Pollution was a major problem in East Germany. Their pollution was actually so great that it actually caused diseases not seen since Victorian ages. The diseases killed many of the people. People started environmental programs to try and do something about the pollution and stop the tragedy of diseases.
A bit of freedom was the beginning of change and the start of hope in East Germany. The rules were loosened on churches across the land. Slowly but surely the church became the centers of protest across the land. People came to meetings with the accepted excuse of praying for the country or involvement at environmental programs at the church. The church quietly became the center of reformists.
Because of the hope sprouted by the reformist church meetings, a protest of seventy-thousand people occurred openly in East Germany. The world watched in tense concern. Many feared that East German officials would use the “China option” where they would simply massacre the protestors like what had recently occurred in China. The world was shocked when there seemed to be no immediate consequences for the massive protest.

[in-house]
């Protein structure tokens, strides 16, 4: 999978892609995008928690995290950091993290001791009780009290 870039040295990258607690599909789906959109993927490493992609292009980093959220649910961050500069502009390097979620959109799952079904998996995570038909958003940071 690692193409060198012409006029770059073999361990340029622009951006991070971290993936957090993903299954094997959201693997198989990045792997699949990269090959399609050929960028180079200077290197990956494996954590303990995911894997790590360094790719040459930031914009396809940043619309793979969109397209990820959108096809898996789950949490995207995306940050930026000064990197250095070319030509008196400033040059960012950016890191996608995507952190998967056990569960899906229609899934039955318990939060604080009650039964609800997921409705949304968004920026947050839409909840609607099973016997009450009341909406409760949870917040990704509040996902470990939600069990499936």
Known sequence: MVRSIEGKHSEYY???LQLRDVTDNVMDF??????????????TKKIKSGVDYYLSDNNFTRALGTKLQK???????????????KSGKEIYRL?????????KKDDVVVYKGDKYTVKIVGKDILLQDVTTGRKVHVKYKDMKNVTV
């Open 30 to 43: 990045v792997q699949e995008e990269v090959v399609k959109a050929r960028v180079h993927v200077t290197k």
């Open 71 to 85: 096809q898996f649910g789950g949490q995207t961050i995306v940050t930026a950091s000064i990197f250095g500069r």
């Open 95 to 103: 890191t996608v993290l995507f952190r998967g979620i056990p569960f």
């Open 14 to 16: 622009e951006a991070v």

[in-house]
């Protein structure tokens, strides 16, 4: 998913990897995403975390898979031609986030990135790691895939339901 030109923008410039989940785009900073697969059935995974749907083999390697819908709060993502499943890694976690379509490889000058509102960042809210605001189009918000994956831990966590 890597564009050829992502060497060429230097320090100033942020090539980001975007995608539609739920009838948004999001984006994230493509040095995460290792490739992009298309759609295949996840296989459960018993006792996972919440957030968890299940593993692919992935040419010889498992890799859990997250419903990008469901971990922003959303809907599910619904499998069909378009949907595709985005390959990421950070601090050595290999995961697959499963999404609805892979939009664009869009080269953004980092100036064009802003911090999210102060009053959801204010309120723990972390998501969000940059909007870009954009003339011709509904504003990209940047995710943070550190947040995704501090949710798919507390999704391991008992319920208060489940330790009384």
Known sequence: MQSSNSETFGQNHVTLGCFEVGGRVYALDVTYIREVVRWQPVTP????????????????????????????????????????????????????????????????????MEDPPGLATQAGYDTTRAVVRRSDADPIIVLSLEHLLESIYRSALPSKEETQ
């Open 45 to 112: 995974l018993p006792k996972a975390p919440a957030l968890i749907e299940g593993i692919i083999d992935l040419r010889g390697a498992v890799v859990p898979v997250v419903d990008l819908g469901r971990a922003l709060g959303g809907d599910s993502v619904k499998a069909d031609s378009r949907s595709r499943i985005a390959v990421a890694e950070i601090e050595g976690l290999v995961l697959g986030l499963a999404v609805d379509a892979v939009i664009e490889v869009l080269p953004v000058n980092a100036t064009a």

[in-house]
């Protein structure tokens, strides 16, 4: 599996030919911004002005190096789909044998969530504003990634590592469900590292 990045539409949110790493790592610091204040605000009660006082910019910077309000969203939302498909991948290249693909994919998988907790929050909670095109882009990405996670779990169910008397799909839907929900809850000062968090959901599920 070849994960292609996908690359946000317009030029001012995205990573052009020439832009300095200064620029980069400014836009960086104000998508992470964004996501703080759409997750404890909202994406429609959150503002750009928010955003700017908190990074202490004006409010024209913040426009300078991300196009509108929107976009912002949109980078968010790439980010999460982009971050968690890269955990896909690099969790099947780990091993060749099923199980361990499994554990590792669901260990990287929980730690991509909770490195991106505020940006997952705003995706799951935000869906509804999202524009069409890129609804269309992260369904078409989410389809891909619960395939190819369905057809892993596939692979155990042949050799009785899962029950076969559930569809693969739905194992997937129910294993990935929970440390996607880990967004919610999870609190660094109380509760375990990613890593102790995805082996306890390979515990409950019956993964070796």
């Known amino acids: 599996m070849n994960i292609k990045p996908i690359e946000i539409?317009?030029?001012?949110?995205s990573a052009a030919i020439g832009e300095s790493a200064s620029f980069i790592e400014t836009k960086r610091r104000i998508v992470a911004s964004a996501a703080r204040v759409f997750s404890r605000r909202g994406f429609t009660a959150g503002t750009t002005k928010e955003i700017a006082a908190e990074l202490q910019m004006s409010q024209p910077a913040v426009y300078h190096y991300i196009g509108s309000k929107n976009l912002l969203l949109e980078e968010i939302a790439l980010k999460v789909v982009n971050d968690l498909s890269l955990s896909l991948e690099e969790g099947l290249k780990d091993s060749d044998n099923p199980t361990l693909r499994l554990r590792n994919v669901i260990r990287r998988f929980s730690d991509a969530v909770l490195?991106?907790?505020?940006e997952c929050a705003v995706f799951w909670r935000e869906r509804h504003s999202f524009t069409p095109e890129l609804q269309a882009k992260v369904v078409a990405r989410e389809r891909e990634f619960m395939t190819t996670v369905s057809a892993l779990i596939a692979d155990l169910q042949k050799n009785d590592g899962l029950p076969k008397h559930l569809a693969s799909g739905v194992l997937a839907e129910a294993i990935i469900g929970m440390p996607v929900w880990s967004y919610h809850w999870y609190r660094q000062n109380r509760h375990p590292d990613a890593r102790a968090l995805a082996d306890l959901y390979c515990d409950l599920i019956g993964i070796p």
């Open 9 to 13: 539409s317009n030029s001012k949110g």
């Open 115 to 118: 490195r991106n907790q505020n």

The opening of the Berlin wall was a great event and actually an accident. After many years of separation and conflict, one man’s misunderstood words caused the great event. While an East German bureaucrat, Günter Schabowski, was at a press conference on November 9th, 1989, his uncertain answer to a simple question was misunderstood. The misunderstanding was that travel restrictions were being lifted and effective immediately. People flooded to the gates of the wall demanding access they believed was granted by one man who simply misspoke. These people could not be turned away though what Schabowski had said was far greater than what the authorities had intended to do.
For hours, the gates remained closed and the guards were hammered by questions and demands from the eager citizens. The guards tried to get an order from the higher ups, but at the time the whole system of authority was in chaos and disorder. No one seemed to know what to do. Finally, at about 11:30 that night, after countless meetings and useless phone calls, the order went out to open the gates. This order was given by Lieutenant-Colonel Harald Jäger, the senior officer in charge at the Bornholmer Strasse border crossing. When he gave the order, people flooded through the gates and climbed the walls.